About an hour outside of the city of Kumasi in the Ashanti Region lies a large meteorite crater lake that is quite out of the ordinary, but the people around seem even more so. I was hesitant to post anything about this trip because it was so short and I didn’t really get any good photos. Still, it’s was a nice break from Tamale and an item checked off my Ghana Bucket List.
Over the Dec 28-29th weekend, I made the trek from Kumasi with a few of the other die-hard EWBers who were not going out of the country for Christmas. The Lake itself is pretty spectacular, especially if you try to imagine what the meteorite impact would have looked like a million years ago:
Lake Bosumtwi (also spelled Bosomtwe), situated within an ancient meteorite impact crater, is approximately 8 kilometres (5.0 mi) across and the only natural lake in Ghana. It is situated about 30 km south-east of Kumasi and is a popular recreational area. There are about 30 villages near this crater lake, with a combined population of about 70,000 people.
The Lake Bosumtwi impact crater is 10.5 km in diameter, slightly larger than the present lake, and is estimated to be 1.07 million years old (Pleistocene period). Depth of crater is approximately 380 m, but, if counted together with the depth of lake sediments – 750 m. The crater has been partly eroded, and is situated in dense rainforest, making it difficult to study and confirm its origin by meteorite impact.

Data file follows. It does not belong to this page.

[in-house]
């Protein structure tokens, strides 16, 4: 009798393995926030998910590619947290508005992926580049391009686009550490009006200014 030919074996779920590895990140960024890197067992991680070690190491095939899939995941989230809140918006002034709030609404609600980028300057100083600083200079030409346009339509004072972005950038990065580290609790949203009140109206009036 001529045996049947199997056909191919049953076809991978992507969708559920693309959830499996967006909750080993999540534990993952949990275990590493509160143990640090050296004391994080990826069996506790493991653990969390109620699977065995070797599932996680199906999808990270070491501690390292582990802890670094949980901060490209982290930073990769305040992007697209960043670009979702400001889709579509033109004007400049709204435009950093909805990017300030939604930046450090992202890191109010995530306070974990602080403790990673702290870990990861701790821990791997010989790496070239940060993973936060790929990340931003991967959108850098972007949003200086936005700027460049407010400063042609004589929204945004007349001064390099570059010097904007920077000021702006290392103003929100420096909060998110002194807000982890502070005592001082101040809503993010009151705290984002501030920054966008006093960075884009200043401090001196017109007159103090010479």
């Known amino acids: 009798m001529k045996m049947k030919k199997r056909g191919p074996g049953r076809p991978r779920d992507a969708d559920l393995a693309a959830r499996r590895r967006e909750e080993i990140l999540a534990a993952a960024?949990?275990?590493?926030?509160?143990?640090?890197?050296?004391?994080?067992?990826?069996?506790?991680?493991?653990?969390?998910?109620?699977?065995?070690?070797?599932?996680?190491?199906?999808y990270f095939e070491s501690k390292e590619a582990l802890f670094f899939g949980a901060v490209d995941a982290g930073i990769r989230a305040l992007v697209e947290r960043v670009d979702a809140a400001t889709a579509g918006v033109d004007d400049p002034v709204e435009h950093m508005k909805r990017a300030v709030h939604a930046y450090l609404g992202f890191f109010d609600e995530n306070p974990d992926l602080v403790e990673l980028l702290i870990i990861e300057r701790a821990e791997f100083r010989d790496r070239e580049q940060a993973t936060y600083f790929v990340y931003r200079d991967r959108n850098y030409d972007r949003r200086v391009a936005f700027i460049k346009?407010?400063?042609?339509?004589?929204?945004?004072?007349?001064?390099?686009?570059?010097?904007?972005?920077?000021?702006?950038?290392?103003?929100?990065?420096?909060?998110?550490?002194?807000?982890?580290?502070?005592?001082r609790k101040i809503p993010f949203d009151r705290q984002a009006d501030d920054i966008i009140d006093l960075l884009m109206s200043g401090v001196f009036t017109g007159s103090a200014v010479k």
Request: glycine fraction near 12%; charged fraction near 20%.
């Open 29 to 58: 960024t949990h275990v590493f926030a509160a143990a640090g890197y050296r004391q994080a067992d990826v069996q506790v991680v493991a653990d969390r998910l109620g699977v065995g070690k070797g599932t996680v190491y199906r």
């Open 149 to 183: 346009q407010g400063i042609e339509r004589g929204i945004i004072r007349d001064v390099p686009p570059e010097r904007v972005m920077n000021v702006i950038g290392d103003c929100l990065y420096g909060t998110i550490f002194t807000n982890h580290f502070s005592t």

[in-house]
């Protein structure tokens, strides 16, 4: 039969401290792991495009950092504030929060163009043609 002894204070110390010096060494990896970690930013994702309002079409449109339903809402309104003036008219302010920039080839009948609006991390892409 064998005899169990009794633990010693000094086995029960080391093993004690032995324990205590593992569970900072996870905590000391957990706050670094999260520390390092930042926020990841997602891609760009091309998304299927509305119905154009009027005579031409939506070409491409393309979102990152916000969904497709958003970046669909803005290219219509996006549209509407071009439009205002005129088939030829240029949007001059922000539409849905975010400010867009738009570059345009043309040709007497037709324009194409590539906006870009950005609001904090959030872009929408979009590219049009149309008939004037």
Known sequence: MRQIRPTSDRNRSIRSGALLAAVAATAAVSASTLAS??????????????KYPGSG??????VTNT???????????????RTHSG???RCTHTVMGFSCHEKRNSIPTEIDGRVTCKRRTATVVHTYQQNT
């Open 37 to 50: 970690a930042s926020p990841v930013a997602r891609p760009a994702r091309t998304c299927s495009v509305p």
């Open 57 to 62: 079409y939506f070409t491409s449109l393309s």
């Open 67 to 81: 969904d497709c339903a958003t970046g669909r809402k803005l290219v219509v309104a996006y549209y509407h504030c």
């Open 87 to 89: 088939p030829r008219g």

The Ashanti consider Bosumtwi a sacred lake. According to traditional belief, the souls of the dead come here to bid farewell to the god Twi. Because of this, it is considered permissible to fish in the lake only from wooden planks.
The legends say that in 1648 an Ashanti hunter named Akora Bompe from the city of Asaman was chasing an injured antelope through the rainforest. Suddenly, the animal disappeared in a small pond. It was as if this body of water wanted to save the animal’s life. The hunter never got the antelope, though he settled close to the water and started catching fish. This place he named “Bosomtwe”, meaning “antelope god”. This story suggests that at that time the lake level was very low. The large dead trees standing offshore in the lake also evidence this, for they are over 300 years old.
The following centuries saw several wars about the lake as both the Ashanti and the Akim clashed, each claiming the area. The Ashanti prevailed.
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